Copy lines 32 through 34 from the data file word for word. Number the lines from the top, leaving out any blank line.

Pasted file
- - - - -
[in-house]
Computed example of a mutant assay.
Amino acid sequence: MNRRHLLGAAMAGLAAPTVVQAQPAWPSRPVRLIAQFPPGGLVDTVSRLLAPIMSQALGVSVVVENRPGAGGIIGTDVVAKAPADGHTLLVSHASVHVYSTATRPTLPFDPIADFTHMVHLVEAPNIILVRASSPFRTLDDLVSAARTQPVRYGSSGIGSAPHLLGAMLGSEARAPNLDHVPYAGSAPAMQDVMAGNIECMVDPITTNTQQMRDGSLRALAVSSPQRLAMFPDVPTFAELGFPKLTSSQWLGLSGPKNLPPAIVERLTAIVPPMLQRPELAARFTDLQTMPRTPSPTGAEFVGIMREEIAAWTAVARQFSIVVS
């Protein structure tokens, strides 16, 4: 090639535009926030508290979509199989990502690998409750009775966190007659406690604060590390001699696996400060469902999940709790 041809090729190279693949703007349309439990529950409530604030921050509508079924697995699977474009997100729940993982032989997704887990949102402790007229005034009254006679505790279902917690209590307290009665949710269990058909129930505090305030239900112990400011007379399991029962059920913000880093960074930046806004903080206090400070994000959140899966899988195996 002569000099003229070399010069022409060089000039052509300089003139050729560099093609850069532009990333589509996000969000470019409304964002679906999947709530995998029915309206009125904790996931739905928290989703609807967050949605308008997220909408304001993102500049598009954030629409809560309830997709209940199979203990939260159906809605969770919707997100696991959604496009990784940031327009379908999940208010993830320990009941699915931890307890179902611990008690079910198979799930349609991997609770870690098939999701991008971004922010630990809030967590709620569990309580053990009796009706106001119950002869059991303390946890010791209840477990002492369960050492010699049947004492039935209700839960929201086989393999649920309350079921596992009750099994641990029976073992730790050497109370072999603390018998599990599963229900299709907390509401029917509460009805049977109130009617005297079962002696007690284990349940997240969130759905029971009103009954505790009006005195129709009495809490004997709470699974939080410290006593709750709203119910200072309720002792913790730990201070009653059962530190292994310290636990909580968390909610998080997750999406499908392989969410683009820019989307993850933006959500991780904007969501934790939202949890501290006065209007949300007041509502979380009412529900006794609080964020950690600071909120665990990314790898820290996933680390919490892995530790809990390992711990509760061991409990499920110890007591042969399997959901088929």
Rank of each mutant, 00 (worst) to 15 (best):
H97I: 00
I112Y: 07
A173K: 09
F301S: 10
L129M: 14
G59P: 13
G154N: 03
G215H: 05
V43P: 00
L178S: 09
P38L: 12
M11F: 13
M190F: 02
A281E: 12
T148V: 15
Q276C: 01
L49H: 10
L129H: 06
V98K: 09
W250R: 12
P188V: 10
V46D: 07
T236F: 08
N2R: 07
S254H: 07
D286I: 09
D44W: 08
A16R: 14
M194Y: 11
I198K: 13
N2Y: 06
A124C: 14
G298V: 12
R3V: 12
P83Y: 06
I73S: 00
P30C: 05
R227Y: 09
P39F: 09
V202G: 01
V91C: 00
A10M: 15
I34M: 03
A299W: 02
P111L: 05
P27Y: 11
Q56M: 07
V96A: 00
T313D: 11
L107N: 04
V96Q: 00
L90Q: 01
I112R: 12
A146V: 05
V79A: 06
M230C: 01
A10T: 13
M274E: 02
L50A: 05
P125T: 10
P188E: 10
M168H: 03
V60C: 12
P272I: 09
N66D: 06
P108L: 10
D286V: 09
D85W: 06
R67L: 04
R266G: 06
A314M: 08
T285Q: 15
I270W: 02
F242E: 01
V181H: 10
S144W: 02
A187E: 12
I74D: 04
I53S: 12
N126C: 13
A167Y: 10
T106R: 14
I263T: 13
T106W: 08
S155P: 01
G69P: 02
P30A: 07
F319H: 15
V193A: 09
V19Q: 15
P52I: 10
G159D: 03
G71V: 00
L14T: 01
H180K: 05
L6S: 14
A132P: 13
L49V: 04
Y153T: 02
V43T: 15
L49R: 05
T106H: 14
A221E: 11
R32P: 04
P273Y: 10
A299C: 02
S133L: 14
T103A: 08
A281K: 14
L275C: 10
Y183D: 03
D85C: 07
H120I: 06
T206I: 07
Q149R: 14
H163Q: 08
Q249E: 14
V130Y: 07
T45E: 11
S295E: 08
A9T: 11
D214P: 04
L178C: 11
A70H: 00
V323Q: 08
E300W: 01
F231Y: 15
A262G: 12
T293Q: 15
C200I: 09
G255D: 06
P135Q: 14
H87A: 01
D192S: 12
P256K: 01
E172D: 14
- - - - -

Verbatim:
D44W: 08
A16R: 14
M194Y: 11